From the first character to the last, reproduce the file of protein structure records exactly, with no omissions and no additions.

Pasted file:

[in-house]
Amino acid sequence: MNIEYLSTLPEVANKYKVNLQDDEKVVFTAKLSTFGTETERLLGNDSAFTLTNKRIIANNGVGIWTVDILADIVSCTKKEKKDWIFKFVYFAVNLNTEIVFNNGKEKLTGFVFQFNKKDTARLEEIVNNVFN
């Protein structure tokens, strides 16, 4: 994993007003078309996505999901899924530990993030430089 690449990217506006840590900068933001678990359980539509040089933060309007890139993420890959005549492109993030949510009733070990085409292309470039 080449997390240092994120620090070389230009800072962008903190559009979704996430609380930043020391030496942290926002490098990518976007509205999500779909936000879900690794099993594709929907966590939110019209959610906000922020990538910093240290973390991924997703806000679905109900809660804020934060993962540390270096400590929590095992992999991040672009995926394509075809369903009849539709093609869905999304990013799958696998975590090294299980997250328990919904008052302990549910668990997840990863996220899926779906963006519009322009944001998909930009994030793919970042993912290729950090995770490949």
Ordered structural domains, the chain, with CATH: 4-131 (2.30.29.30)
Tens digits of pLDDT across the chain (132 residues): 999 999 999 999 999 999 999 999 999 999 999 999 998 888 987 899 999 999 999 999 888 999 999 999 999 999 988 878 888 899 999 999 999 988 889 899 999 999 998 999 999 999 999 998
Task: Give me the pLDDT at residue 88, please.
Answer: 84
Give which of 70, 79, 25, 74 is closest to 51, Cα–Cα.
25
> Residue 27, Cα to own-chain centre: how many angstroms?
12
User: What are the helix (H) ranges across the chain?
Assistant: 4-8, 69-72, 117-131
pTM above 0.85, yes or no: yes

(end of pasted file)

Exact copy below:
[in-house]
Amino acid sequence: MNIEYLSTLPEVANKYKVNLQDDEKVVFTAKLSTFGTETERLLGNDSAFTLTNKRIIANNGVGIWTVDILADIVSCTKKEKKDWIFKFVYFAVNLNTEIVFNNGKEKLTGFVFQFNKKDTARLEEIVNNVFN
């Protein structure tokens, strides 16, 4: 994993007003078309996505999901899924530990993030430089 690449990217506006840590900068933001678990359980539509040089933060309007890139993420890959005549492109993030949510009733070990085409292309470039 080449997390240092994120620090070389230009800072962008903190559009979704996430609380930043020391030496942290926002490098990518976007509205999500779909936000879900690794099993594709929907966590939110019209959610906000922020990538910093240290973390991924997703806000679905109900809660804020934060993962540390270096400590929590095992992999991040672009995926394509075809369903009849539709093609869905999304990013799958696998975590090294299980997250328990919904008052302990549910668990997840990863996220899926779906963006519009322009944001998909930009994030793919970042993912290729950090995770490949």
Ordered structural domains, the chain, with CATH: 4-131 (2.30.29.30)
Tens digits of pLDDT across the chain (132 residues): 999 999 999 999 999 999 999 999 999 999 999 999 998 888 987 899 999 999 999 999 888 999 999 999 999 999 988 878 888 899 999 999 999 988 889 899 999 999 998 999 999 999 999 998
Task: Give me the pLDDT at residue 88, please.
Answer: 84
Give which of 70, 79, 25, 74 is closest to 51, Cα–Cα.
25
> Residue 27, Cα to own-chain centre: how many angstroms?
12
User: What are the helix (H) ranges across the chain?
Assistant: 4-8, 69-72, 117-131
pTM above 0.85, yes or no: yes